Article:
Jim Kwiatkowski, executive vice president of sales and marketing at FutureTrade, Lake Forest, Calif., added that in some cases, algorithms might look alike but perform differently, adding another layer of difficulty.
"They're being represented as low touch, so this complexity gets pushed onto the trader and he has the real opportunity to fail," he said.
FutureTrade, which has an agency-only broker-dealer unit, has developed a trading system that integrates various functions including multibroker electronic trading tools as well as independent transaction cost analysis and commission management technology.
Mr. Grossman said part of the confusion for asset management traders who are finding their desktop computers already cluttered with 20 or more icons for trading and other related functions could be that brokers are also offering their own transaction cost analysis programs.
"I don't see any reason for the buy side to be using more than one TCA," Mr. Grossman said. "You don't need to be using TCA from Goldman, TCA from Merrill and TCA from JPMorgan."
Jim Morrow, chief operating officer at Capital Institutional, known as CAPIS, explained that most traders have core operating or trading systems, to which all the other bells and whistles need to connect.
"The trader needs that central system to be the hub that connects all these other electronic systems," he said. "It's the connectivity into the central system that has been creating the stress within the industry."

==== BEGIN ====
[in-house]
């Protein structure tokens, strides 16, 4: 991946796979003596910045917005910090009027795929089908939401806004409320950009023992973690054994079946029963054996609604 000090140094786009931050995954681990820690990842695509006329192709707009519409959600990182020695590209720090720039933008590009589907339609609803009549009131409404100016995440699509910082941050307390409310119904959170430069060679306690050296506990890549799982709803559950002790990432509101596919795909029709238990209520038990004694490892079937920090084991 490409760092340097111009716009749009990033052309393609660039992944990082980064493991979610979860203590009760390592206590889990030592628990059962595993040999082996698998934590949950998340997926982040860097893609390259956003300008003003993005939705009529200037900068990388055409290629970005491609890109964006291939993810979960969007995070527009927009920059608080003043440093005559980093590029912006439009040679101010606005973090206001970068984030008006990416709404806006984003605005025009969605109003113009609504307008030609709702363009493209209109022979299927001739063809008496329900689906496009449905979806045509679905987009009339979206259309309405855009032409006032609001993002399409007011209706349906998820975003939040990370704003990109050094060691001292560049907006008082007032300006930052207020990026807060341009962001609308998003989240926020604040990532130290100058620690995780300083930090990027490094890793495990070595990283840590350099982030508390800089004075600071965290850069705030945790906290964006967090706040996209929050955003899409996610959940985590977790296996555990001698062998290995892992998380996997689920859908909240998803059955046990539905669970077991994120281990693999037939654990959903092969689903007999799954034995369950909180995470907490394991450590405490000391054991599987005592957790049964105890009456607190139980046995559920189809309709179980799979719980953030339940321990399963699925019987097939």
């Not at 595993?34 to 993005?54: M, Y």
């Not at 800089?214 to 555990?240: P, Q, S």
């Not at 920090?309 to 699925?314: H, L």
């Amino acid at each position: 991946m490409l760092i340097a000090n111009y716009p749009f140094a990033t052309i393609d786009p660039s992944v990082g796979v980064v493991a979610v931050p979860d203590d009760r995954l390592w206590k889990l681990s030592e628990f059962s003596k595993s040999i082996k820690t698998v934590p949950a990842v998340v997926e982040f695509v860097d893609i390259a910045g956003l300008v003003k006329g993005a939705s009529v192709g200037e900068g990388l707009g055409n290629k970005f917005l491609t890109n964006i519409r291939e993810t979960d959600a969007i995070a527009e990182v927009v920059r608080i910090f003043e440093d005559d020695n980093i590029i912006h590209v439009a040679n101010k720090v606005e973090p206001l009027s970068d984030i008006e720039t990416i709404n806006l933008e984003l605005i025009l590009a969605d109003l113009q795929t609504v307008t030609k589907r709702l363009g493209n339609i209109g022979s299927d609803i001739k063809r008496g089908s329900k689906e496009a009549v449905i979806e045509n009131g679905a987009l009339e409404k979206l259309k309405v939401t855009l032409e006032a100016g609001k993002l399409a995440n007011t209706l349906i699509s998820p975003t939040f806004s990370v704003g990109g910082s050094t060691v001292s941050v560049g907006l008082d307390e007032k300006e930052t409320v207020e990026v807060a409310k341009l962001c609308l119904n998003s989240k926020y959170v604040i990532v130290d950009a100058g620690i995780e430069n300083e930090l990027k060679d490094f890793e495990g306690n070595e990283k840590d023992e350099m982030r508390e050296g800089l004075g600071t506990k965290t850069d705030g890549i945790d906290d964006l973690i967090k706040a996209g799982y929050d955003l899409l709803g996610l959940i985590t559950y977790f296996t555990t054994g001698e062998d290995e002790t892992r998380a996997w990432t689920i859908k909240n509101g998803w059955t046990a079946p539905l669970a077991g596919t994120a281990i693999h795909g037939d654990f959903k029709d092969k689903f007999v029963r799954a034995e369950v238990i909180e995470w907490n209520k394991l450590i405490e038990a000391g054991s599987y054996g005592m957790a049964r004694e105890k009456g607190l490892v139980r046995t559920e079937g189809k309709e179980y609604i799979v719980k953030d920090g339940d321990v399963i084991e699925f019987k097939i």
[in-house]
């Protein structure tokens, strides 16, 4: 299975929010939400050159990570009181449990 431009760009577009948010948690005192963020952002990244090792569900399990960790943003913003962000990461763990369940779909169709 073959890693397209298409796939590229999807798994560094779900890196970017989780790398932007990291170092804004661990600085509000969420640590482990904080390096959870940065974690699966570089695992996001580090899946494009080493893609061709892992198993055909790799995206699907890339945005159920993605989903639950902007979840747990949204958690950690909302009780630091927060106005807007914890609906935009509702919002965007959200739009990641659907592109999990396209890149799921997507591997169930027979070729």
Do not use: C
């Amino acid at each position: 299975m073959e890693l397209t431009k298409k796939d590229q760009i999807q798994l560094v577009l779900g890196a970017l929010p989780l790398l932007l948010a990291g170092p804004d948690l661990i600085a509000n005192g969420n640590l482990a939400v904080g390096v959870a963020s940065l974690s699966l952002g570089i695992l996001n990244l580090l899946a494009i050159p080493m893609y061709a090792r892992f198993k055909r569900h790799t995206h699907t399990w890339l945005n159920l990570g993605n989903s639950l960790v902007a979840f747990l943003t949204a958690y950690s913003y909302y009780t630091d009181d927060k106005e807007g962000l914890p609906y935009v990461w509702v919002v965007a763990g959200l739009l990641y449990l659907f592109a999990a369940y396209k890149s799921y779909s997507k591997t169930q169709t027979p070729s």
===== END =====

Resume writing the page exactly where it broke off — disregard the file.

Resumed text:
Those central systems are the order management systems provided by companies such as Charles River Systems Inc., Burlington, Mass.; Eze Castle Software, Boston; and Macgregor, Boston, which is owned by ITG Inc., New York. These systems typically include portfolio management, compliance, trading and post-trade applications as well as access to broker-dealer algorithms.
Mr. Grossman said order management system developers are beginning to integrate the various trading functions into one complete system, but they're not alone.
"You're starting to see a lot of these things merging onto one platform," he said. "Two, three years ago we had the OMS (order management system) guys, we had the execution management guys, and we had the TCA guys. We're starting to see the merger of OMS and execution management systems as well as network and routing capabilities."
He added that this merger of systems was likely one of the reasons ITG acquired Macgregor last year.
At Atlanta Life Investment Advisors, Atlanta, Drake Craig, a principal and portfolio manager, uses an order management system to connect to FutureTrade.
"Being able to integrate access to different end markets has been somewhat challenging," Mr. Craig said. "It was important for us to move in the direction of getting a system that would help manage the administration process, so we brought in an OMS that allows us to hook up to FutureTrade as well as several other brokers electronically."
Vincent Agosta, CEO of Trading LLC, San Francisco, an outsourced trading desk for hedge fund managers, said he uses FutureTrade to integrate electronic orders from six or seven trading venues as well as for transaction cost analysis and to allow his clients to handle commission management.
"You can get this piece of trading business done at this firm, another piece at another firm, commissions at another one and TCA at another, but FutureTrade is really the only place we've found thus far that provides all the different pieces," he said.